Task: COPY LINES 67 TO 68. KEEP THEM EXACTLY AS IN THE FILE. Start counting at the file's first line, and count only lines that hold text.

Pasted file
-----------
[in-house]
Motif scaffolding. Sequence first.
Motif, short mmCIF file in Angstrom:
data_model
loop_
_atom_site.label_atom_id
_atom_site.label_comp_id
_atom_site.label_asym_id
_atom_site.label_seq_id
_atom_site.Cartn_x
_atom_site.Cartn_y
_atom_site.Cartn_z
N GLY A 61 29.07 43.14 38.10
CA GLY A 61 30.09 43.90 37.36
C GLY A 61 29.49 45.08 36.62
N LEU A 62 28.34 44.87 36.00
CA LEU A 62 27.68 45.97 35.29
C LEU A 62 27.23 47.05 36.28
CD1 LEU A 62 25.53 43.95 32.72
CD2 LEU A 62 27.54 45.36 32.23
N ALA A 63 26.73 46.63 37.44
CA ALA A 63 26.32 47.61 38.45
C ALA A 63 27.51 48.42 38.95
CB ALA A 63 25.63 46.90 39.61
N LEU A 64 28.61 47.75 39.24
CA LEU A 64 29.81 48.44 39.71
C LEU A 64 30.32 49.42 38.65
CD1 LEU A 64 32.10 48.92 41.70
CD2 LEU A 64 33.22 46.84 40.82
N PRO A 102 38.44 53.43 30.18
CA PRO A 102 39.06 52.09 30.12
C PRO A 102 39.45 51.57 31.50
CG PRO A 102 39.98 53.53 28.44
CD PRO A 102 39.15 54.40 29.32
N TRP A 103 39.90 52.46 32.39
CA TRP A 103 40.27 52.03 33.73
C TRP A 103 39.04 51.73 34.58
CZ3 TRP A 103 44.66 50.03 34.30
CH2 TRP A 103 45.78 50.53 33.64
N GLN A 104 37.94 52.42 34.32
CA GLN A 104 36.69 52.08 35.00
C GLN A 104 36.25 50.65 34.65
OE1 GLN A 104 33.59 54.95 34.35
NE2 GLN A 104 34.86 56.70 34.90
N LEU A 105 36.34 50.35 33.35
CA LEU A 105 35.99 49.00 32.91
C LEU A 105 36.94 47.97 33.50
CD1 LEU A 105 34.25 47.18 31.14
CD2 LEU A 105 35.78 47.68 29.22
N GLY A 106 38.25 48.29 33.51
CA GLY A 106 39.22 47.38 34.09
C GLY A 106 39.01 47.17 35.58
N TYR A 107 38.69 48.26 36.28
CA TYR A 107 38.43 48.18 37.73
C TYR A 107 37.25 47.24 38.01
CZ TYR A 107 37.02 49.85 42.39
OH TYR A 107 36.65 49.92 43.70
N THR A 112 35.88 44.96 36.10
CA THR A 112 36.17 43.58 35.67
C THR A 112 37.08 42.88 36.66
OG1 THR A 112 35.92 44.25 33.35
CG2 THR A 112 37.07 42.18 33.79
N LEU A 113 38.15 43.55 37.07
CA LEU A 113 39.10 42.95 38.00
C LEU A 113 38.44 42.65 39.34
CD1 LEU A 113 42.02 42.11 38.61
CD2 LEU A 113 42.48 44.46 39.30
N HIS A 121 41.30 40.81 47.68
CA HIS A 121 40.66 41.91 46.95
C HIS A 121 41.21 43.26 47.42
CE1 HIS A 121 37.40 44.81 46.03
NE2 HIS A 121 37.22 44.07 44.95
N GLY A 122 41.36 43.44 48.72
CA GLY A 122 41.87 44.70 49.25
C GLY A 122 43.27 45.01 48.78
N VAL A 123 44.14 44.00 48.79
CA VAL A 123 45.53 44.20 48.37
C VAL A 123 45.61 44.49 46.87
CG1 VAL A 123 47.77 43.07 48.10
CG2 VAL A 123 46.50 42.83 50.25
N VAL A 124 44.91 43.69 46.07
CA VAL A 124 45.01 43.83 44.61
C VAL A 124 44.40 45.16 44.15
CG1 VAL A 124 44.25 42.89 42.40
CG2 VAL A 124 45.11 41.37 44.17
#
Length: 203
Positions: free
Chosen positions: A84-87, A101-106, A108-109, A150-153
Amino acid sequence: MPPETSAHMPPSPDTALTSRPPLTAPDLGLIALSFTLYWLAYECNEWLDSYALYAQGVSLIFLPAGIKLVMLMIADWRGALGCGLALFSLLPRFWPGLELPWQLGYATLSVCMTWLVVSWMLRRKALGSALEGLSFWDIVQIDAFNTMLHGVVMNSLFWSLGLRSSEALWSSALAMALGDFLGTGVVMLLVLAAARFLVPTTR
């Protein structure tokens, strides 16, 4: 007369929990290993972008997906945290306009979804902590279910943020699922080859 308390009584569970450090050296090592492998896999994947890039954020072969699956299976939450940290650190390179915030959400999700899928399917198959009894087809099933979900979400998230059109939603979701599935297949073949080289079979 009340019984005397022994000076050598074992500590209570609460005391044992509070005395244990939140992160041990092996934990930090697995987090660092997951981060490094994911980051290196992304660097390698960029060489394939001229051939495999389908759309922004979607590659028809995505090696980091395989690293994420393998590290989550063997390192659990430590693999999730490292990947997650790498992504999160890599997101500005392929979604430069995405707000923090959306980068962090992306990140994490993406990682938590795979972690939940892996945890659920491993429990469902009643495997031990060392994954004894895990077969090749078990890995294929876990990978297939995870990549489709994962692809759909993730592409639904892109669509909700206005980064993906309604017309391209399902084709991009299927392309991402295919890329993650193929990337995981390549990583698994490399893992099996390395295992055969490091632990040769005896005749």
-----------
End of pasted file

CD2 LEU A 113 42.48 44.46 39.30
N HIS A 121 41.30 40.81 47.68